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Jack Lummus Display Inside Ennis Public Library

The information card in the center of the display, reads as follows: 

"Marine First Lieutenant Jack Lummus, former Baylor University and New York Giants football star, was awarded the Congressional Medal of Honor posthumously for heroism on Iwo Jima at the cost of his life, March 8, 1945.

"First Lieutenant Lummus was born in Ennis, Texas on October 22, 1915. He was the son of Mr. and Mrs. Andrew J. Lummus. His father was a policeman. The Lummus family settled in Ennis in 1900 after having lived in Mississippi.

Left 1st Lt. Jack Lummus circa 1944
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Right Medal of Honor presentation to Mrs. Andrew J. Lummus by Rear Admiral J. J. Clark at Tabernacle Baptist Church, May 30, 1946
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Top New York Giants Professional Football Team, 1941. Jack Lummus (No. 29) first row, seventh from left.
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Bottom Jack Lummus Baylor University Circa 1940
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Bottom Congressional Medal of honor Citation

"Duplicate Display Congressional Medal of honor and Purple Heart on Display at the Ennis Railroad and Cultural Heritage Museum." 

 

New York Football Giants 1941 Eastern Division Championship Team

On Sunday afternoon, November 23, 1941, the Giants beat the Washington Redskins 20 to 13 at the Polo Grounds in New York to clinch the Eastern Division championship. The last game of the regular season would be played against the Brooklyn Dodgers on December 7, 1941.

On Sunday, the 7th, 55,051 cheering fans were packed into the Polo Grounds at 157th Street and Eight Avenue, setting an NFL season's attendance record. The kickoff was set for 2:00 p.m., and the presentation ceremony to honor Tuffy Leemans for 1:30. But at 1:25, New York Time, a carefully planned and rehearsed act of aggression began to unfold that would unite Americans from the East to West Coasts. At 7:55 a.m., Hawaiian time, bombs from Japanese carrier aircraft began falling on Wheeler Field, eight miles north and slightly west of Pearl Harbor on Oahu, Territory of Hawaii.

At 2:00 p.m. Ward Cuff kicked off to the Dodgers slicing the ball out of bounds. The Dodgers were relentless throughout the afternoon, and for the second time in the current season upset the Giants. The final score was 21 to 7. Radio reports of the Japanese strikes against Pearl Harbor were being broadcast before and during the game. some fans knew of the attacks, others did not. The players were made aware from radios in the locker rooms.

With the United States at war, the NFL championship game on Sunday, December 21 was in jeopardy. The Chicago Bears and Green Bay Packers were tied for the Western Division title. A playoff game was scheduled on December 14 at Wrigley Field. The Bears beat the Packers 33 to 14.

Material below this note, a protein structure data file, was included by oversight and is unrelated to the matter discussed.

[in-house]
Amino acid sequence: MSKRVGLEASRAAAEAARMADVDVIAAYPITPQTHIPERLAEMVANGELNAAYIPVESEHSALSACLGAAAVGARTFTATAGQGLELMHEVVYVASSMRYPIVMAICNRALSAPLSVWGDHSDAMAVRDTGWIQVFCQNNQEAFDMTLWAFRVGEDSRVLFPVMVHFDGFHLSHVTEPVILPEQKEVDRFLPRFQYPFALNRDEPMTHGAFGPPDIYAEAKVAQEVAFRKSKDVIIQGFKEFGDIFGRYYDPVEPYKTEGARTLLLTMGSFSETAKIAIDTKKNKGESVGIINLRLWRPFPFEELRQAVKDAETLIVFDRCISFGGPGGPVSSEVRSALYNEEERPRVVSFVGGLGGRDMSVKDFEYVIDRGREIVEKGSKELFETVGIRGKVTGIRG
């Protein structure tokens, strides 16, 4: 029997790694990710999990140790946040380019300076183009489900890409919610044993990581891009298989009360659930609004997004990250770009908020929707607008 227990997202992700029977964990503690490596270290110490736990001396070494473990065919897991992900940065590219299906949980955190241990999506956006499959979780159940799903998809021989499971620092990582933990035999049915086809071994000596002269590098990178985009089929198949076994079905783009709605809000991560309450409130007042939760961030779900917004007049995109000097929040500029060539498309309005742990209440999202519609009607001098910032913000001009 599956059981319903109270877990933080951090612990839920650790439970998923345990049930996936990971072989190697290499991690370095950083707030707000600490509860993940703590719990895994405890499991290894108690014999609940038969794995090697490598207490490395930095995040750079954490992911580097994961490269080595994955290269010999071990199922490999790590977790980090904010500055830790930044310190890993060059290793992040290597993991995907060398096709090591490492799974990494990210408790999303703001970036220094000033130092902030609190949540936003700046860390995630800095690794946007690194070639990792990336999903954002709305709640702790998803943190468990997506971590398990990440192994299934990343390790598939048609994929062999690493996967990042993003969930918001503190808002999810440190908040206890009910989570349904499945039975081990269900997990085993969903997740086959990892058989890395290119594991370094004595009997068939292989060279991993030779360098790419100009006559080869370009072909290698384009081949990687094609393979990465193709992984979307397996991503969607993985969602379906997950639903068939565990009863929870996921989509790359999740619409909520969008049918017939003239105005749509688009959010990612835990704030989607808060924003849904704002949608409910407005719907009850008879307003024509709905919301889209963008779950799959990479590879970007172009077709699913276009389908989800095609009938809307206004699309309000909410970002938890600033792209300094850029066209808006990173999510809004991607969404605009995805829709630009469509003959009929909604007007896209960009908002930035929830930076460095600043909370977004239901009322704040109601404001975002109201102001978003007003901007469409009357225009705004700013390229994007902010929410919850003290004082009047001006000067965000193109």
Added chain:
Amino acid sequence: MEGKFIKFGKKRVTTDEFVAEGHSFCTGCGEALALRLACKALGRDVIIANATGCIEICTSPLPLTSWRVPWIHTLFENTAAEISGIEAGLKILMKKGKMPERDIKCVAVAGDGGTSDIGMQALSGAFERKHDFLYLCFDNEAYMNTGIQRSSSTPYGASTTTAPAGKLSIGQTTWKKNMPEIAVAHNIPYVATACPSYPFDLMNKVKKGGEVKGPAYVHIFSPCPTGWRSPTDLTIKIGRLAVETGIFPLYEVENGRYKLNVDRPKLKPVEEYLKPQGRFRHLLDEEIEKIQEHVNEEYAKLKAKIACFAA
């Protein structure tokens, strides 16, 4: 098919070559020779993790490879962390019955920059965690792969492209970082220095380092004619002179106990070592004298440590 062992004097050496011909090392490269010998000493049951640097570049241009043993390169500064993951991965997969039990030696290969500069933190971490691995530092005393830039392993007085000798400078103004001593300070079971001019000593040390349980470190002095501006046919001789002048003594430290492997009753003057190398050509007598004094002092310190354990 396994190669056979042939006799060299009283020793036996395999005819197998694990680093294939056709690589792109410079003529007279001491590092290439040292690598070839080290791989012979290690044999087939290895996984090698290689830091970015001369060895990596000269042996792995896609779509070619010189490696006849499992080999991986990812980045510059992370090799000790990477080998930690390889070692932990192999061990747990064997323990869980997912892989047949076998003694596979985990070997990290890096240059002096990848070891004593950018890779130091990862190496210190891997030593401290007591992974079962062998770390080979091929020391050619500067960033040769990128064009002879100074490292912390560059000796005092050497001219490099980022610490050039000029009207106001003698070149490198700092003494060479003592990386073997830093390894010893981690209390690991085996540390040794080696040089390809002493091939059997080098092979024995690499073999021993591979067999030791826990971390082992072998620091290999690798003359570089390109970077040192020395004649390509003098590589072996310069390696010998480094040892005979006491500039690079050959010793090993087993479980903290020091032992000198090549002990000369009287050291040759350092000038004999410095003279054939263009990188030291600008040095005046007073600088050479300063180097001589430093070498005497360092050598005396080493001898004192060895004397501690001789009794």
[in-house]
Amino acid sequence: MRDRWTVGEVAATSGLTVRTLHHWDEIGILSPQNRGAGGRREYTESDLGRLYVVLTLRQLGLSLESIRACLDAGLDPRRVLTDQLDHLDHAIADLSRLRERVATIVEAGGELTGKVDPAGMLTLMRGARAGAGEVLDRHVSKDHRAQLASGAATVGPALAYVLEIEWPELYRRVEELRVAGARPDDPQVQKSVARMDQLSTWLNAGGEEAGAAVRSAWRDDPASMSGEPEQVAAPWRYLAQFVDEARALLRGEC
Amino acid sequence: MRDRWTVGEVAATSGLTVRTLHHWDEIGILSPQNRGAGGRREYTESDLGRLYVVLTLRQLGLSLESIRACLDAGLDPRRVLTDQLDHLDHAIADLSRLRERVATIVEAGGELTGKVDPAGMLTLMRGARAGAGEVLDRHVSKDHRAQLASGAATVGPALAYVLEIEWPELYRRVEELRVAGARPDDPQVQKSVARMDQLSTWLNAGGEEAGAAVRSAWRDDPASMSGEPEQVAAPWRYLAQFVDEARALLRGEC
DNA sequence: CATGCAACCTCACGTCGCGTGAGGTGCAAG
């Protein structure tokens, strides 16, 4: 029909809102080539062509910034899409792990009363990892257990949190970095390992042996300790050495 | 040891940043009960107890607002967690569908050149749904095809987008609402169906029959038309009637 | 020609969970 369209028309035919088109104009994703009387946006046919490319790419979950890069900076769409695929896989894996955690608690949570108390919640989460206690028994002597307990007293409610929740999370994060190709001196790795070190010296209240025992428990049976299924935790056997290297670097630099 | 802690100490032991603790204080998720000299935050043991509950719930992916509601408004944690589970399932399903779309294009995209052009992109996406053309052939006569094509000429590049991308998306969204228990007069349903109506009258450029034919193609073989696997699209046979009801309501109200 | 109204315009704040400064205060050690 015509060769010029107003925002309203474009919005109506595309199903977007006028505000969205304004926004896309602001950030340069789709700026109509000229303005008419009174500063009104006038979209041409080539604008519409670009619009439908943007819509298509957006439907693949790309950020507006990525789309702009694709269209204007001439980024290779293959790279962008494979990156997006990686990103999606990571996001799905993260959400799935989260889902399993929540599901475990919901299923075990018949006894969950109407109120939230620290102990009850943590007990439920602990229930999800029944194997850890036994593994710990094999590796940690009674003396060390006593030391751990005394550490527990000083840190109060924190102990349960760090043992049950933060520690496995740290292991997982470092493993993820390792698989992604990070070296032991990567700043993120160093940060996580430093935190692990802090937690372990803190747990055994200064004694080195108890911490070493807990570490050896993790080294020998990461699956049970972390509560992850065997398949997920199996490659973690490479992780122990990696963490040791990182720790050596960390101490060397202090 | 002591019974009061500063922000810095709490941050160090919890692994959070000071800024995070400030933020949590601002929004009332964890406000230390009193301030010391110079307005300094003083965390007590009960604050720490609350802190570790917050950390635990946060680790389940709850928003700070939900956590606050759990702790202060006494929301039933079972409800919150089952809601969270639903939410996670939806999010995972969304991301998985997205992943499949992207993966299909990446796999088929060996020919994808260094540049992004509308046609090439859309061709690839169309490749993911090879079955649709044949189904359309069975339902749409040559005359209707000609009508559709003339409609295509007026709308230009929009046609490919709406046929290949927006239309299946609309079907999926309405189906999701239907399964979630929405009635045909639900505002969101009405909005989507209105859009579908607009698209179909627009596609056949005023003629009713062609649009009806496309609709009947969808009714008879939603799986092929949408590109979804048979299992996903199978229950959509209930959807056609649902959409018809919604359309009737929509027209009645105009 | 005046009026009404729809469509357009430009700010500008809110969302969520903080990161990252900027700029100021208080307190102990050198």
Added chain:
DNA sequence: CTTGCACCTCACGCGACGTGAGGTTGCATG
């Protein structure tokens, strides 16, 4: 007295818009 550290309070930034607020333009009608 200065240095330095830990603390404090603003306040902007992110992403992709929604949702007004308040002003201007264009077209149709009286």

On Sunday, December 21 at 1:00 p.m., CST, the Chicago Bears kicked off to the New York Giants to start play in the NFL championship game at Wrigley Field in Chicago. The Giants played a tough offensive and defensive game for the first half and seven minutes into the third quarter with the score tied 9 to 9. Then the bears moved ahead by seven points, and suddenly the game was no longer in doubt. The Bears won their second NFL championship in a row, back-to-back, beating the Giants 37 to 9.

The 1941 Chicago Bears were billed as the "Monsters from the Midway," and touted as the greatest of all football teams. In Peter King's Football: A History of the Professional Game, a Sports Illustrated book 1996, the best team from the years between the Depression and World War II, 1932 through 1943, was the Chicago Bears. King ranks them in fifth place in the ten greatest teams in professional football history.

In 1941 Timothy James Mara was team owner, Wellington T. Mara, the youngest son of Timothy Mara, was Secretary, Steve Owen was in his eleventh season as head coach, Mel Hein was a six-foot four-inch, 235 pound captain and center in his eleventh season, Alphonse (Tuffy) Leemans was a six-foot, 200 pound running back in his sixth season and Jack Lummus was a six-foot, three-inch, 200 pound freshmen end in his first season.

In 1963 Timothy J. Mara (owner) was a charter enshrinee in the Pro Football Hall of Fame in Canton, Ohio. In 1997 Wellington T. Mara (owner) was enshrined. In 1966 Steve Owen (coach) was enshrined. In 1963 Mel Hein (player) was a charter enshrinee. And in 1978 Alphonse (Tuffy) Leemans (player) was enshrined. 

Maurice (Footsie) Britt, who was a freshman end for the Detroit Lions in 1941, Jack Lummus, who was a freshman end for the New York Giants in 1941 and Joe Foss, who was commissioner of the American Football League from 1960-66 were all awarded the Medal of Honor for heroism in World War II. All three are honored in a museum exhibit at the Pro Football Hall of Fame entitled Football and America: The NFL Responds During Times of National Crises.


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